Climate change is killing our trees

November 30, 2015

Forest dieback caused by an extreme drought and multiple heatwaves in 2010 and early 2011 in the Northern Jarrah Forest region in south west Western Australia. Photo: George Matusick, May 2011

Forest dieback caused by an extreme drought and multiple heatwaves in 2010 and early 2011 in the Northern Jarrah Forest region in south west Western Australia. Photo: George Matusick, May 2011

Climate change and extreme climatic events appear to be killing trees around the world.

In a report released by the Ecological Society of Australia, Dr Niels Brouwers from Murdoch University’s Centre of Excellence for Climate Change, Woodland and Forest Health (CECCWFH), and colleagues, suggest these changes in climate are also reducing tree growth and health.

“In Western Australia we found that more than 25% of mature trees across 7000 hectares of forest died in response to extreme drought and multiple heatwaves in 2010-11,” said Dr Brouwers.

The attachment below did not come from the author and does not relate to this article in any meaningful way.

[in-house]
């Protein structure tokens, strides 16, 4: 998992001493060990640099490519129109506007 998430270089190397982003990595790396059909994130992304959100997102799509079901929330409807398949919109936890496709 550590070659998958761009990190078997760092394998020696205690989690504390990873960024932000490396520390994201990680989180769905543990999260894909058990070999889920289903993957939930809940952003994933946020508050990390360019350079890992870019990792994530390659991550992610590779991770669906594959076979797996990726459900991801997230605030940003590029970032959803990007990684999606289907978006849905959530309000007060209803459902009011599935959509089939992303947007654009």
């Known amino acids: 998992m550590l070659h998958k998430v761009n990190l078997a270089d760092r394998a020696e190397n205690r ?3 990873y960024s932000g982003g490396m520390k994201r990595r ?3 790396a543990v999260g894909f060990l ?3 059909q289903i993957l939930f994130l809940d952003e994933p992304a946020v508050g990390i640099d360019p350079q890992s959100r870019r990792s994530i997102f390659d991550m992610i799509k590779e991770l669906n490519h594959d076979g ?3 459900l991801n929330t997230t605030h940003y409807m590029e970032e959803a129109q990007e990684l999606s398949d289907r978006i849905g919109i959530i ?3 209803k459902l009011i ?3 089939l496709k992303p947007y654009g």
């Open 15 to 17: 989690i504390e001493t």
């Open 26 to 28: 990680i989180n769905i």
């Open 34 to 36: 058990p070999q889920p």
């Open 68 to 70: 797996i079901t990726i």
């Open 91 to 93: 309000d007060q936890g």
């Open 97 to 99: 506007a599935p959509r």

“We saw similar numbers of trees dying in arid areas of Queensland in response to the 2003-07 drought, and there are similar reports from around the world.

“It is of enormous concern that more frequent extreme climate events such as droughts and heatwaves are projected for Australia and other parts of the world in the near future. We can expect to see further deterioration of our woodlands and forests.

“Tree declines also affect the animals dependent upon them,” added Dr Brouwers. “For instance, already vulnerable Australian Glossy Black-cockatoos have fewer offspring during droughts because food, such as she-oak cones, are harder to find.”

Climate change may also reduce the ability of trees to sequester carbon.

“The role of forests in sucking carbon out of the atmosphere is well known," added Dr Brouwers. "But if trees die more rapidly and are not replaced due to climate change, this critical ecosystem service is threatened.

“There is an urgent need for more monitoring of climate change impacts on the world’s forests.”

Dr Brouwers’ report was prepared in conjunction with Professor Giles Hardy and Dr Katinka Ruthrof from Murdoch University and the CECCWFH, Dr George Matusick from the CECCWFH and The Nature Conservancy (USA) and Dr Melanie Zeppel from Macquarie University.

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